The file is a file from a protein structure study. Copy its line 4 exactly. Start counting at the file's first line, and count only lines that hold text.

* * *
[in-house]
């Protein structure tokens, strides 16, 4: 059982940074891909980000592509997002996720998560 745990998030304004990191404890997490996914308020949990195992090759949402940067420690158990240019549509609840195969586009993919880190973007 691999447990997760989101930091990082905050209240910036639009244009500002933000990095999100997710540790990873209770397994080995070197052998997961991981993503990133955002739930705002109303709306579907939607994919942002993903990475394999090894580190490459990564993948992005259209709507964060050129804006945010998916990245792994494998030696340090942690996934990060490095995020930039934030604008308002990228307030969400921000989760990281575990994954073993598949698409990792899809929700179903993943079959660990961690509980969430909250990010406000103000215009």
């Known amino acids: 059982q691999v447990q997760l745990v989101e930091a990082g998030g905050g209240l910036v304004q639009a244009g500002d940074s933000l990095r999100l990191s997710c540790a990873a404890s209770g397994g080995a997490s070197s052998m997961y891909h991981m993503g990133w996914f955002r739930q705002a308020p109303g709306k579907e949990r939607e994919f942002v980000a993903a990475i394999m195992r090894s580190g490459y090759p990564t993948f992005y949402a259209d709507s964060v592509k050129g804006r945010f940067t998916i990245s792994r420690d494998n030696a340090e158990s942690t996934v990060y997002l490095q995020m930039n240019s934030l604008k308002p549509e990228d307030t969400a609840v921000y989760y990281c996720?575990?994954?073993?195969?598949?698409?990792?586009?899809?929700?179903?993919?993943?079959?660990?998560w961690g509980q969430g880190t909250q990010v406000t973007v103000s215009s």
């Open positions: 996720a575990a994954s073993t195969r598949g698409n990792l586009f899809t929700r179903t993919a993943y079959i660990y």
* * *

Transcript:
């Open positions: 996720a575990a994954s073993t195969r598949g698409n990792l586009f899809t929700r179903t993919a993943y079959i660990y």